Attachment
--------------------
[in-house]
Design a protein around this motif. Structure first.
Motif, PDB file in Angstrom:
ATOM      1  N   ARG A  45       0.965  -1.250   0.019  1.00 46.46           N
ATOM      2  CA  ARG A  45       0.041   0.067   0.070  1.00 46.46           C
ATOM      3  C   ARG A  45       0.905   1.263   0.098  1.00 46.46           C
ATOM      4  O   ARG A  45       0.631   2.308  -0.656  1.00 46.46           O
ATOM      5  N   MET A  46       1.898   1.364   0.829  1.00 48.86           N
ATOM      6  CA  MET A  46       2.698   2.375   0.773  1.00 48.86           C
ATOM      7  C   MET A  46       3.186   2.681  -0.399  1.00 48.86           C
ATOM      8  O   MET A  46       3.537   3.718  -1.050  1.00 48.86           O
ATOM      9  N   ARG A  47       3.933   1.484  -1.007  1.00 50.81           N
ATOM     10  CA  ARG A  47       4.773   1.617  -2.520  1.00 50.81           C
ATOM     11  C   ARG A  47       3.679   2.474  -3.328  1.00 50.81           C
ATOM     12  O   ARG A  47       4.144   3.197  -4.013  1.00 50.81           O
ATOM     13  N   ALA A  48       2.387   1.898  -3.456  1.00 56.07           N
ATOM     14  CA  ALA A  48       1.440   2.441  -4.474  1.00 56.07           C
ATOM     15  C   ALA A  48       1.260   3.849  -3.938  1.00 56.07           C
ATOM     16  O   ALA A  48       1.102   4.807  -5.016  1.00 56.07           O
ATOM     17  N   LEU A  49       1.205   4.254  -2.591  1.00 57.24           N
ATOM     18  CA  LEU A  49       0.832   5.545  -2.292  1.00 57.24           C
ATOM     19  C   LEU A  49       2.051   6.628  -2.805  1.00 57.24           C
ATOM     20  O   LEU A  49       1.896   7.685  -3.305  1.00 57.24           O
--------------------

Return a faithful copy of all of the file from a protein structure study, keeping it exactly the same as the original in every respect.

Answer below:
[in-house]
Design a protein around this motif. Structure first.
Motif, PDB file in Angstrom:
ATOM      1  N   ARG A  45       0.965  -1.250   0.019  1.00 46.46           N
ATOM      2  CA  ARG A  45       0.041   0.067   0.070  1.00 46.46           C
ATOM      3  C   ARG A  45       0.905   1.263   0.098  1.00 46.46           C
ATOM      4  O   ARG A  45       0.631   2.308  -0.656  1.00 46.46           O
ATOM      5  N   MET A  46       1.898   1.364   0.829  1.00 48.86           N
ATOM      6  CA  MET A  46       2.698   2.375   0.773  1.00 48.86           C
ATOM      7  C   MET A  46       3.186   2.681  -0.399  1.00 48.86           C
ATOM      8  O   MET A  46       3.537   3.718  -1.050  1.00 48.86           O
ATOM      9  N   ARG A  47       3.933   1.484  -1.007  1.00 50.81           N
ATOM     10  CA  ARG A  47       4.773   1.617  -2.520  1.00 50.81           C
ATOM     11  C   ARG A  47       3.679   2.474  -3.328  1.00 50.81           C
ATOM     12  O   ARG A  47       4.144   3.197  -4.013  1.00 50.81           O
ATOM     13  N   ALA A  48       2.387   1.898  -3.456  1.00 56.07           N
ATOM     14  CA  ALA A  48       1.440   2.441  -4.474  1.00 56.07           C
ATOM     15  C   ALA A  48       1.260   3.849  -3.938  1.00 56.07           C
ATOM     16  O   ALA A  48       1.102   4.807  -5.016  1.00 56.07           O
ATOM     17  N   LEU A  49       1.205   4.254  -2.591  1.00 57.24           N
ATOM     18  CA  LEU A  49       0.832   5.545  -2.292  1.00 57.24           C
ATOM     19  C   LEU A  49       2.051   6.628  -2.805  1.00 57.24           C
ATOM     20  O   LEU A  49       1.896   7.685  -3.305  1.00 57.24           O